Flossing is an important part of your dental care routine because it removes food particles from between your teeth. When these particles are not removed, they cause plaque and bacteria build up, thereby causing tooth decay and gum disease.
When should children start flossing?
Most parents know that their children need to start cleaning their teeth as soon as they get them. But when do we start flossing children’s teeth?
Generally, it is believed that we need to start flossing as soon as the child’s teeth start to fit closely together. This usually happens between the ages of two and six. Establishing good flossing habits early in life is important for many reasons. When children learn to floss early, they are more likely to continue this behaviour throughout their lives. In addition, establishing good flossing habits at an early age ensures that teeth and gums remain as healthy as possible.
- It is very important to note that flossing is part of a good oral hygiene routine and can help prevent cavities and gum disease
- Flossing does more than just dislodge visible foods from between your child’s teeth. It can also help remove plaque, which can eventually turn into tartar and lead to more serious dental issues
- Note that your child might not get the hang of flossing until they are 8 to 10 years old
Hence, it is important for you to teach your children how to floss properly which is explained below.
How to floss children’s teeth?
When your baby has only one tooth, keeping it clean is easy. But as more teeth begin to appear, you will need to set up an oral care routine.
Regular flossing can ensure that debris doesn’t remain lodged between their teeth. Additionally, flossing helps to manage bad breath and can polish the surface of your child’s teeth.
Flossing needs to be done once per day and at least 2 minutes per session. Regardless of the flossing tool you pick, below are the steps that will help you to manage flossing.
What steps should I follow while flossing?
There are 2 types of flossing methods when using traditional floss:
Spool method (also called the finger-wrap method)
- Cut off a piece of floss about 18 to 20 inches long
- Lightly wrap each side of the piece of floss several times around each middle finger
- Carefully move the floss in between the teeth with your index fingers and thumbs in an up and down motion
- Bring the floss up and down, making sure to go below the gum line. Bend it to form a C on the side of each tooth
Loop method (also called the circle method)
- Cut off a piece of floss that is about 18 inches long
- Tie it securely in a circle
- Next, place all the fingers, except the thumb, within the loop
- Then use your index fingers to guide the floss through the lower teeth. Use your thumbs to guide the floss through the upper teeth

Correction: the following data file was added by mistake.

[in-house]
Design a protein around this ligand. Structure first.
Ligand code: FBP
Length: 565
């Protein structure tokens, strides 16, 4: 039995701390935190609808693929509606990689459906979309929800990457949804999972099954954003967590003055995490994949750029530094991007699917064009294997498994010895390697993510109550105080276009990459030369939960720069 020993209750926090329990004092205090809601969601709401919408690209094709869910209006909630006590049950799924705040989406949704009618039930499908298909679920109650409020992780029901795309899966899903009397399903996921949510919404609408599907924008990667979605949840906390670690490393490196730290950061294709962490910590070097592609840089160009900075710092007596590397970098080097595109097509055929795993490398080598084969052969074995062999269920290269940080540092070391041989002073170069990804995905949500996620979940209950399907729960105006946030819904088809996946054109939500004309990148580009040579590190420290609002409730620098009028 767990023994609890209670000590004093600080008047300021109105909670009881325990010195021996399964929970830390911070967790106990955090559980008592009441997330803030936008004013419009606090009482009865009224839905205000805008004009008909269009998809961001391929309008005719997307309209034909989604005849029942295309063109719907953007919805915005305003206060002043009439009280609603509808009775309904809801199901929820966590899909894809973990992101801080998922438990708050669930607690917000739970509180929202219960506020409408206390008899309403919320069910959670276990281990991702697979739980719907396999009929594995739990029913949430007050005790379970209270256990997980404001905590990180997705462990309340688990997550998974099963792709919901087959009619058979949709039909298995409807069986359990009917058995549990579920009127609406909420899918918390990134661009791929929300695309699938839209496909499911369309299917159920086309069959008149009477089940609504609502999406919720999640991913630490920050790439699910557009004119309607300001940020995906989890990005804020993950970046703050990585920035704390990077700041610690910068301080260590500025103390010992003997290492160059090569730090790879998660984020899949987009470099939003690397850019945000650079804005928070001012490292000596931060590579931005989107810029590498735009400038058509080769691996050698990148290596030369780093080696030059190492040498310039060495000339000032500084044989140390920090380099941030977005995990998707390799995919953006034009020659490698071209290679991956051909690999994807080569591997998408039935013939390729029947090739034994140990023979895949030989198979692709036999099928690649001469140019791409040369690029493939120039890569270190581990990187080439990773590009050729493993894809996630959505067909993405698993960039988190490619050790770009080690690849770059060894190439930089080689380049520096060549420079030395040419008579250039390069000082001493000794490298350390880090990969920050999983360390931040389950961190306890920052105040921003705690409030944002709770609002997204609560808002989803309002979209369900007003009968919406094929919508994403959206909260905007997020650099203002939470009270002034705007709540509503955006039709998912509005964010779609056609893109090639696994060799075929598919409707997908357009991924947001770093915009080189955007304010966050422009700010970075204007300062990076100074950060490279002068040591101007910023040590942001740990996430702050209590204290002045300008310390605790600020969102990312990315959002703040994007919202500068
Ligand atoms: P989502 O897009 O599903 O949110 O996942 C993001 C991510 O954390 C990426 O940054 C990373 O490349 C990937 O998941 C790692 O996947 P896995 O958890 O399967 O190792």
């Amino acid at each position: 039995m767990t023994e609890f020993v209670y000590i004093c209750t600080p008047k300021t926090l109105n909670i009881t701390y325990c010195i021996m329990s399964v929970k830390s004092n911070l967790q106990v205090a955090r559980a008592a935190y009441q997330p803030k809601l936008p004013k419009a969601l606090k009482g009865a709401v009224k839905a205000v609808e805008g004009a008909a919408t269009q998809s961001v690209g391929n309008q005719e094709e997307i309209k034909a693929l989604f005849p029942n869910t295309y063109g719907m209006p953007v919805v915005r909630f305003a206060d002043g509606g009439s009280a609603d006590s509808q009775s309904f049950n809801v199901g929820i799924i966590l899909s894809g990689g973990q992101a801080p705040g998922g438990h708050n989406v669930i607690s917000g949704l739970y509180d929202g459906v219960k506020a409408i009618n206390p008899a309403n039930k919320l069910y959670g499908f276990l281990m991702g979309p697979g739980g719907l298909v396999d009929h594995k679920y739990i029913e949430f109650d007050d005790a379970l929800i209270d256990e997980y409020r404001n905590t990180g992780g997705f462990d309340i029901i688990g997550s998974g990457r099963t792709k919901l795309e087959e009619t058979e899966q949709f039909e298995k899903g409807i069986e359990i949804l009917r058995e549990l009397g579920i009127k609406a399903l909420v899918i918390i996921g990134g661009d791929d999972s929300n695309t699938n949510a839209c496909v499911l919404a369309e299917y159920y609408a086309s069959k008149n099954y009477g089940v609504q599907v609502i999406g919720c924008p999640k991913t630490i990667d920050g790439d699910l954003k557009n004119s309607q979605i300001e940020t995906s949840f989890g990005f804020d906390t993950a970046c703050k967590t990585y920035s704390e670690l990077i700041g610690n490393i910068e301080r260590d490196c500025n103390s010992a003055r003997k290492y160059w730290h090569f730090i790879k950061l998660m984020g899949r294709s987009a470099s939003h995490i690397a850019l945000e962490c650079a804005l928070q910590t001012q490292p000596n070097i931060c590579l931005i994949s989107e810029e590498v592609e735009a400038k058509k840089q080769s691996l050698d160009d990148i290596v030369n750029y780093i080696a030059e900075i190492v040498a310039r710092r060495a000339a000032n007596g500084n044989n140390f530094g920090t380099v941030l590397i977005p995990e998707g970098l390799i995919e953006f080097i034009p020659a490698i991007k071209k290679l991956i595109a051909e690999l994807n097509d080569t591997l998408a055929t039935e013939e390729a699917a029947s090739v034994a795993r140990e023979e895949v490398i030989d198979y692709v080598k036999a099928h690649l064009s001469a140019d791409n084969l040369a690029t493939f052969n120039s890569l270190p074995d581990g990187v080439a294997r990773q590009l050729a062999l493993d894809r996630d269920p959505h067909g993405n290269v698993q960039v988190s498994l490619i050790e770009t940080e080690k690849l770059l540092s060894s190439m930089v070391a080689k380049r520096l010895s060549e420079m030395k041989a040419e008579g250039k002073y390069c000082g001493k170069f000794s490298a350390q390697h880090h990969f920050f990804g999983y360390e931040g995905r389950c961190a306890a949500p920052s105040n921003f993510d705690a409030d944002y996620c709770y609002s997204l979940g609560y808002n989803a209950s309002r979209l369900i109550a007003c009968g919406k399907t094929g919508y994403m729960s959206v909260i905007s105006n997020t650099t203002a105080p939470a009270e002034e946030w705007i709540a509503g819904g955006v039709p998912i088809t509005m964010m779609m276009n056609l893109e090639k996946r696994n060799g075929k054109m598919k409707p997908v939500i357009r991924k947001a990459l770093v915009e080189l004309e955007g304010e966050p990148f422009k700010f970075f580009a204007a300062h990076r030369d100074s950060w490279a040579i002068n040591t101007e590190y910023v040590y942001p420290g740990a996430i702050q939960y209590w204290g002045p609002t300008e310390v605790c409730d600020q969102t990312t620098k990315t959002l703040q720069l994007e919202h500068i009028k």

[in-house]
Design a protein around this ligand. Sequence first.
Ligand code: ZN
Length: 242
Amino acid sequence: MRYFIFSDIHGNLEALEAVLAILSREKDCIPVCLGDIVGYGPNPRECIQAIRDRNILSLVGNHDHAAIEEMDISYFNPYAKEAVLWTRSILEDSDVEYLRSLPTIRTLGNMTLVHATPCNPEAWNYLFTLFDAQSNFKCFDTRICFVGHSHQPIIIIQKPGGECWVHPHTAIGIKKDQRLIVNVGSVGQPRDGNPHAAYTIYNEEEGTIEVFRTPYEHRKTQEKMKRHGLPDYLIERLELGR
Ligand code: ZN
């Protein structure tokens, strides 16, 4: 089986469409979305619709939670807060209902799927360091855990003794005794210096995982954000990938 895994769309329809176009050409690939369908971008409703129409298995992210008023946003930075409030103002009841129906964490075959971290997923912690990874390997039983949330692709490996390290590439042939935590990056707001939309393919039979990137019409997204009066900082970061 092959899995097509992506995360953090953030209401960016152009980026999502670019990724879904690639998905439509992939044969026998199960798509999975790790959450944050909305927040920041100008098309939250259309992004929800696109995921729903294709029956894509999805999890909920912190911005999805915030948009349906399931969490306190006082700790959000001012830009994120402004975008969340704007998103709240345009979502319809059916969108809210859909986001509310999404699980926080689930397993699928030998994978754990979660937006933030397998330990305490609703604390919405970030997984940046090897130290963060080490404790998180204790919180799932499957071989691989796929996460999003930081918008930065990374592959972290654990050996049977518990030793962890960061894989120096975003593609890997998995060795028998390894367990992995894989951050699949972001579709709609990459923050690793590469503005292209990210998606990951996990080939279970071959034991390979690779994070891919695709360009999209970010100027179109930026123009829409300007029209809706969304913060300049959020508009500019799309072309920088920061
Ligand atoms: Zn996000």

- Go below the gum line, bending it to form a C on the side of each tooth
What type of floss should I use?
Most of us have used something other than floss to pick debris out of our teeth. The common objects used are fingernails, paperclips, pencils, and pins which often can do more harm than good and lead to oral injuries. You should use only floss to clean your child’s teeth.
Some of the types of floss are:
- Waxed and unwaxed floss
- Flavoured and unflavoured floss
- Floss Picks
All the types of floss listed above are equally effective if you are diligent about working thoroughly across each tooth to remove plaque.
You may need a few tries to select the best type for your child and one that makes it easy for you to manage. Apart from traditional flossing rolls, water flossers are can also be an alternative for flossing, especially when your child has braces.
If you are still not sure about which type to use, you can ask your child’s dentist to determine which option might work best for your kid.
- Sometimes letting your little ones floss your teeth can help take away any hesitancy
- Remember not to be too forceful when you floss your child’s teeth. Flossing should not cause bleeding and be painful
- Consider rewarding your child with something (other than food) for a good flossing experience
- While flossing after meals or right before bed is something most people assume is required, the time of day does not necessarily matter if it is done daily
Dental health is equally as important as the rest of your child’s physical health. And just like you need to show them how to manage other daily activities – getting dressed, bathing, even eating – you need to also take the time to properly train your children to keep their teeth clean.
While flossing will require more hands-on effort on the part of parents, especially early on, the goal of a healthy mouth that’s free of cavities should make the process worth it.
Make flossing part of a daily routine to help your children care for themselves.
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